Hugues Fabrice Zango is used to breaking barriers.

The 27-year-old triple jumper has been making history for Burkina Faso for several years, setting national and African records and racking up a collection of medals from major championships.

But Zango has now achieved another ‘first’ – and this one isn’t just a national milestone; it’s a global one.

At an elite jumps-only meeting in Aubiere on Saturday (16), Zango bounded out to a world indoor triple jump record of 18.07m*, becoming the first man to surpass 18 metres indoors.

His previous best, an outright African record of 17.77m, was set indoors in Paris last year and placed him equal fourth on the world indoor all-time list, just 15 centimetres short of the world indoor record set by his coach, Teddy Tamgho of France.

Tamgho now trails Zango by 15 centimetres on the world indoor all-time list.

“For me, the most important thing is the world record,” Zango told the Olympic Channel last year. “This is what I want to achieve. When I become world record-holder, I will have done everything.”


Born: 25 June 1993. Coach: Teddy Tamgho.

Hugues Fabrice Zango describes his start in athletics as “accidental”.

Born in Koudougou and raised in the Burkinabe capital Ouagadougou, Zango’s early sporting interests were in combat sports, namely taekwondo. But in 2011 he was scouted to take part in a school athletics competition and it was there that he met a coach from a local club.

Zango decided to join the club, and during his first training session at the ‘Stade du 4 Aout’, he asked the coach: ‘Who is the best in the world in the triple jump?’

“It was 2011, I was 18 years old, and knew absolutely nothing about the event,” recalls Zango. “My coach told me the best in the world was Christian Taylor, who, at the age of 21, jumped 17.96m to win the world title that year in Daegu. ‘That’s impossible’, I told myself. My best was 12 metres. How could he jump five metres farther?”

A keen student, Zango started studying his event and would regularly ask his coach questions. He set himself a goal to jump 13 metres by the end of that year, then 14 metres the year after and so on, with the aim of jumping 17 metres by 2017.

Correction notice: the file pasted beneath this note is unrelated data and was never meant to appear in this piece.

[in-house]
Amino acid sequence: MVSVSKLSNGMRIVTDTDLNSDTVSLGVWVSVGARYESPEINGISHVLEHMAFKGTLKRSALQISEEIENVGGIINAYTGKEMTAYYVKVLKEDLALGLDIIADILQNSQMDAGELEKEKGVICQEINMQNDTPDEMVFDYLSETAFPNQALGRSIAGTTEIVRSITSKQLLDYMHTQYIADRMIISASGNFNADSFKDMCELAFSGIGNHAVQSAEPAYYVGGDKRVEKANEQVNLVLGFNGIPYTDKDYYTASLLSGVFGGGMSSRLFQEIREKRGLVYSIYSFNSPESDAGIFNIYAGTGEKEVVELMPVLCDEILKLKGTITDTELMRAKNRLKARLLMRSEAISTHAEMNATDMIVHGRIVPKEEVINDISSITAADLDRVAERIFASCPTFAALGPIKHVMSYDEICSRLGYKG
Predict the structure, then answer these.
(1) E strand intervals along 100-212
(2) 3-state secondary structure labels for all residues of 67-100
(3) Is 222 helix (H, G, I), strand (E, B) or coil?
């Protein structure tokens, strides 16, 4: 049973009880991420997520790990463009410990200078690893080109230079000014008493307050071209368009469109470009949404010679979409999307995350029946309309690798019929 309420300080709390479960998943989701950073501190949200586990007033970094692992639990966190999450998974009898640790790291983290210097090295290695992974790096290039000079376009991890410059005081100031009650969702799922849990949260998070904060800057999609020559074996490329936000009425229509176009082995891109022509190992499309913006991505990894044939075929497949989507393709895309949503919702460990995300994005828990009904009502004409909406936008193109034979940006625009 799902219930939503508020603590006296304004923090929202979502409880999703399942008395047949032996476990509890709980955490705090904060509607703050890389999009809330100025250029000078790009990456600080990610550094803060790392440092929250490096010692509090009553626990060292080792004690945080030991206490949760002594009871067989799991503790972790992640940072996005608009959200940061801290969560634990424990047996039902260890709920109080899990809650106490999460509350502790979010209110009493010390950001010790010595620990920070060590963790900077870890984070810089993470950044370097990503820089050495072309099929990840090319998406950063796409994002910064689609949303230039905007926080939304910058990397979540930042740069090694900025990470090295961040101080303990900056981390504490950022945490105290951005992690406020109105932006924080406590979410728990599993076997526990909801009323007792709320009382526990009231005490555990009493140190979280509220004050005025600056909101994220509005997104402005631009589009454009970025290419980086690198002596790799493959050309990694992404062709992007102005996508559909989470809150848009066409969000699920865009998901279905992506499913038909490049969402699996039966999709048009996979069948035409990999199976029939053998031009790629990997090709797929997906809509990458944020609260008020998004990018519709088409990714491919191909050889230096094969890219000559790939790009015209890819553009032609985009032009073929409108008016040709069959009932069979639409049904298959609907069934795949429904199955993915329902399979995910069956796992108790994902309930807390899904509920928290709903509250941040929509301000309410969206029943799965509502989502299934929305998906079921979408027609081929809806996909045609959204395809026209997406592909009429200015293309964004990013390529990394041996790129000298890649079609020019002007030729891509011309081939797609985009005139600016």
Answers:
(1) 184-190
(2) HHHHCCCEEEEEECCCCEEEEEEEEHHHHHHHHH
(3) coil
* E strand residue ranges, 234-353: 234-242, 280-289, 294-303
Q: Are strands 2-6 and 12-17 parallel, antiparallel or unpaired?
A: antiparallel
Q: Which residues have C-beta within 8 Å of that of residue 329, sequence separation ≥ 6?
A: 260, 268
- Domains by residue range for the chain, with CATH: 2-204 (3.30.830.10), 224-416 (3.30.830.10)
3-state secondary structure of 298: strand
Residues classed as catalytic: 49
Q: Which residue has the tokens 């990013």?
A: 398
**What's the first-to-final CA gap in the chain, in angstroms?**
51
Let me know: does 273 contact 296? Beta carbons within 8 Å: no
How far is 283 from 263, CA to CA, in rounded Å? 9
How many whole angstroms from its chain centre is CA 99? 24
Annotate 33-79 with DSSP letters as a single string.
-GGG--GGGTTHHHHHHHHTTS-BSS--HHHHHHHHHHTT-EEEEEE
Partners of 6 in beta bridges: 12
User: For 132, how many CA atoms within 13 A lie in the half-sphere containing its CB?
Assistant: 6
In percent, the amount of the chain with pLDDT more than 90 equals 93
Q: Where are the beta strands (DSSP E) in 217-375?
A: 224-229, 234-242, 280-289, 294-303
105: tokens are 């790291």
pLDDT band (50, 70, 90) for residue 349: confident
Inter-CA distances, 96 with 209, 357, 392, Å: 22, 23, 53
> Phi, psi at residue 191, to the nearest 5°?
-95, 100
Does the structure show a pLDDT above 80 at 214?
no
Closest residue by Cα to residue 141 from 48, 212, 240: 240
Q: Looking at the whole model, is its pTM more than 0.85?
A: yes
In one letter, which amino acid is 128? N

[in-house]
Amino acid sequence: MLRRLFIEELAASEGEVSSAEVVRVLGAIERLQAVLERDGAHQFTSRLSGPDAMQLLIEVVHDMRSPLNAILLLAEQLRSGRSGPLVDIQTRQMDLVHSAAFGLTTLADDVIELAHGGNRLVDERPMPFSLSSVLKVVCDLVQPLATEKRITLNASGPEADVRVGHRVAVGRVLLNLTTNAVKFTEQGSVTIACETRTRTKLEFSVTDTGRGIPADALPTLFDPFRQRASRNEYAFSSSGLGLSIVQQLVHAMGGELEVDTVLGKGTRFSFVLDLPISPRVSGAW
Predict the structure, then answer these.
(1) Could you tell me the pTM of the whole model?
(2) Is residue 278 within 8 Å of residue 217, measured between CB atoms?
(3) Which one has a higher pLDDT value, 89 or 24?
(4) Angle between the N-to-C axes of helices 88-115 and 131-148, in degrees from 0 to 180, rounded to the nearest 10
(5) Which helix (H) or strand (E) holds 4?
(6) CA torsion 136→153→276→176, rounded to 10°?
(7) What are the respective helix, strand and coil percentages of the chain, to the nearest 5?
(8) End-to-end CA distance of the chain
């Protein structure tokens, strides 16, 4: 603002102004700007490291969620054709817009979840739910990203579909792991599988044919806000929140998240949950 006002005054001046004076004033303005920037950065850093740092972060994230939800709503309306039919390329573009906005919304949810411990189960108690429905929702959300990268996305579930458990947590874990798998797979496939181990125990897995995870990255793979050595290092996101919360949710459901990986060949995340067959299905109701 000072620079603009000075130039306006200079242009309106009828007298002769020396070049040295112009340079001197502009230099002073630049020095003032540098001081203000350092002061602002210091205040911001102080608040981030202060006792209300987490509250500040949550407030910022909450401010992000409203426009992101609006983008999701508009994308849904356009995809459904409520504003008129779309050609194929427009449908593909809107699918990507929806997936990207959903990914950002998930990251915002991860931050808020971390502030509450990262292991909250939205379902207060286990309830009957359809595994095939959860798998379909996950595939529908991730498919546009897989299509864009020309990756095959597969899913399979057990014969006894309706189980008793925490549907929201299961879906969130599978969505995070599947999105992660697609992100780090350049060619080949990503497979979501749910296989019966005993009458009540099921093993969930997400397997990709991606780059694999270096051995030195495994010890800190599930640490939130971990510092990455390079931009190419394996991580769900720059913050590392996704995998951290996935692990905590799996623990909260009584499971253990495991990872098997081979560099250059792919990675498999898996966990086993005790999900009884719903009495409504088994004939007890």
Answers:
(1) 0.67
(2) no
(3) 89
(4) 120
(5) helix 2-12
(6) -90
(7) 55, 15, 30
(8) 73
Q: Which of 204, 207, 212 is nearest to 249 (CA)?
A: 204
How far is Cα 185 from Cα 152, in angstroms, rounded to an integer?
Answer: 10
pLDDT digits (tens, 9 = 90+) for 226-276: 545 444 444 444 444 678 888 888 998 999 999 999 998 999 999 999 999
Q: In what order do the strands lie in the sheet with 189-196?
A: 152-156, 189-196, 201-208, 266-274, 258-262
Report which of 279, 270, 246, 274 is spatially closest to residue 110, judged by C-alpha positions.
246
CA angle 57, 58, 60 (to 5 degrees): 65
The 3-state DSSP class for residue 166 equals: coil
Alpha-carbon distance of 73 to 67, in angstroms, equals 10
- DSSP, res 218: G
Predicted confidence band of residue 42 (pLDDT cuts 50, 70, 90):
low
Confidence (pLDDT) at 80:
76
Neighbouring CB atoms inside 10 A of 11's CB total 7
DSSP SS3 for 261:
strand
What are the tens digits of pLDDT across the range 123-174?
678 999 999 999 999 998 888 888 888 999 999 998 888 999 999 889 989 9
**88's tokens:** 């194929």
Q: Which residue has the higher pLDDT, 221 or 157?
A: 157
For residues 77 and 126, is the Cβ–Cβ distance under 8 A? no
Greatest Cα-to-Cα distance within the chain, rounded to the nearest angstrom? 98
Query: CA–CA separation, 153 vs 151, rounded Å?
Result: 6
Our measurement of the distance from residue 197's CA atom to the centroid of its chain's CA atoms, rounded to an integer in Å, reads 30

“But it’s a lot easier said than done!” said Zango. “In the first year I improved to 15 metres, then it took another three years for me to break the 16-metre barrier, and another three years after that to go beyond 17.”

He also gained significant international experience along the way. He took silver at the 2015 World University Games but then failed to record a valid mark at the World Championships in Beijing six weeks later. In 2016 he earned silver at the African Championships and made his Olympic debut in Rio, but finished down in 34th place in qualifying.

He came close to achieving his ’17 metres by 2017’ target, leaping 16.97m to take silver at the World University Games in what was his final competition of 2017. But he finally smashed the barrier at the start of 2018 with an indoor leap of 17.23m to break the African indoor record.

Towards the end of the 2018 outdoor season, Zango started working with 2013 world champion Teddy Tamgho.

“He’s more than just an 18-metre jumper,” Zango says of Tamgho. “As a coach, he really knows his event and loves it, which is so important. He searches all the time for new ways to improve and no two athletes he coaches get the same training programme. It’s really specific to the athlete.”

The move bore fruit in early 2019 when Zango pieced together an undefeated indoor season, capped by a lifetime best of 17.58m – the farthest jump ever achieved by an African triple jumper, indoors or outdoors.

He performed well on the Diamond League circuit outdoors later that year and warmed up for the World Athletics Championships Doha 2019 by leaping an outdoor best of 17.50m to win the French title.

By the time he arrived in Qatar for the World Championships, he was no longer intimidated by the world’s best triple jumpers – not even his idol, Taylor. Zango jumped into a medal position in the second round, but was bumped down to fourth place when Taylor took the lead in round four with 17.86m.